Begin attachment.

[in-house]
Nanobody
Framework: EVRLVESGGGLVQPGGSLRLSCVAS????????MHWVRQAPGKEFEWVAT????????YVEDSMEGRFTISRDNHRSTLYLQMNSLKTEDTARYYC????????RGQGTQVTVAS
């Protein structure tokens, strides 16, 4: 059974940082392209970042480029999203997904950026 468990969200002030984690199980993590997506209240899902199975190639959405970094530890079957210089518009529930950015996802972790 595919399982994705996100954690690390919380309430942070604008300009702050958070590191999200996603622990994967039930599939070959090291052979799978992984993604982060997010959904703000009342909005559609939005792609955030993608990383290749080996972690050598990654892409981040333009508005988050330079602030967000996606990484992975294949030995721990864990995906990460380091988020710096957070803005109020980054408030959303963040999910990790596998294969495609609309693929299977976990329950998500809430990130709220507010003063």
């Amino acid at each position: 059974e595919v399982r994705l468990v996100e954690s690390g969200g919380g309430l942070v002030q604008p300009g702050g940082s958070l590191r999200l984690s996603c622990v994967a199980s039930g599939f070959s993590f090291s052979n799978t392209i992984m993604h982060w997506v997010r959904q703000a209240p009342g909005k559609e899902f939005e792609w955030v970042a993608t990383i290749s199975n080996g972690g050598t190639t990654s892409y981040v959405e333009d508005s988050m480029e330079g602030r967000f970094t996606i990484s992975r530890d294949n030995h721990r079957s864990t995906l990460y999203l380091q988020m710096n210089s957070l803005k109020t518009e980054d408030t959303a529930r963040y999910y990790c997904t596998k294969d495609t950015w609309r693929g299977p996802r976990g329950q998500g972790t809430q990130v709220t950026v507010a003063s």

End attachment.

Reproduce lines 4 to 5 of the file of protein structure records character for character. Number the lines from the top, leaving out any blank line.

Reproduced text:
């Protein structure tokens, strides 16, 4: 059974940082392209970042480029999203997904950026 468990969200002030984690199980993590997506209240899902199975190639959405970094530890079957210089518009529930950015996802972790 595919399982994705996100954690690390919380309430942070604008300009702050958070590191999200996603622990994967039930599939070959090291052979799978992984993604982060997010959904703000009342909005559609939005792609955030993608990383290749080996972690050598990654892409981040333009508005988050330079602030967000996606990484992975294949030995721990864990995906990460380091988020710096957070803005109020980054408030959303963040999910990790596998294969495609609309693929299977976990329950998500809430990130709220507010003063």
């Amino acid at each position: 059974e595919v399982r994705l468990v996100e954690s690390g969200g919380g309430l942070v002030q604008p300009g702050g940082s958070l590191r999200l984690s996603c622990v994967a199980s039930g599939f070959s993590f090291s052979n799978t392209i992984m993604h982060w997506v997010r959904q703000a209240p009342g909005k559609e899902f939005e792609w955030v970042a993608t990383i290749s199975n080996g972690g050598t190639t990654s892409y981040v959405e333009d508005s988050m480029e330079g602030r967000f970094t996606i990484s992975r530890d294949n030995h721990r079957s864990t995906l990460y999203l380091q988020m710096n210089s957070l803005k109020t518009e980054d408030t959303a529930r963040y999910y990790c997904t596998k294969d495609t950015w609309r693929g299977p996802r976990g329950q998500g972790t809430q990130v709220t950026v507010a003063s």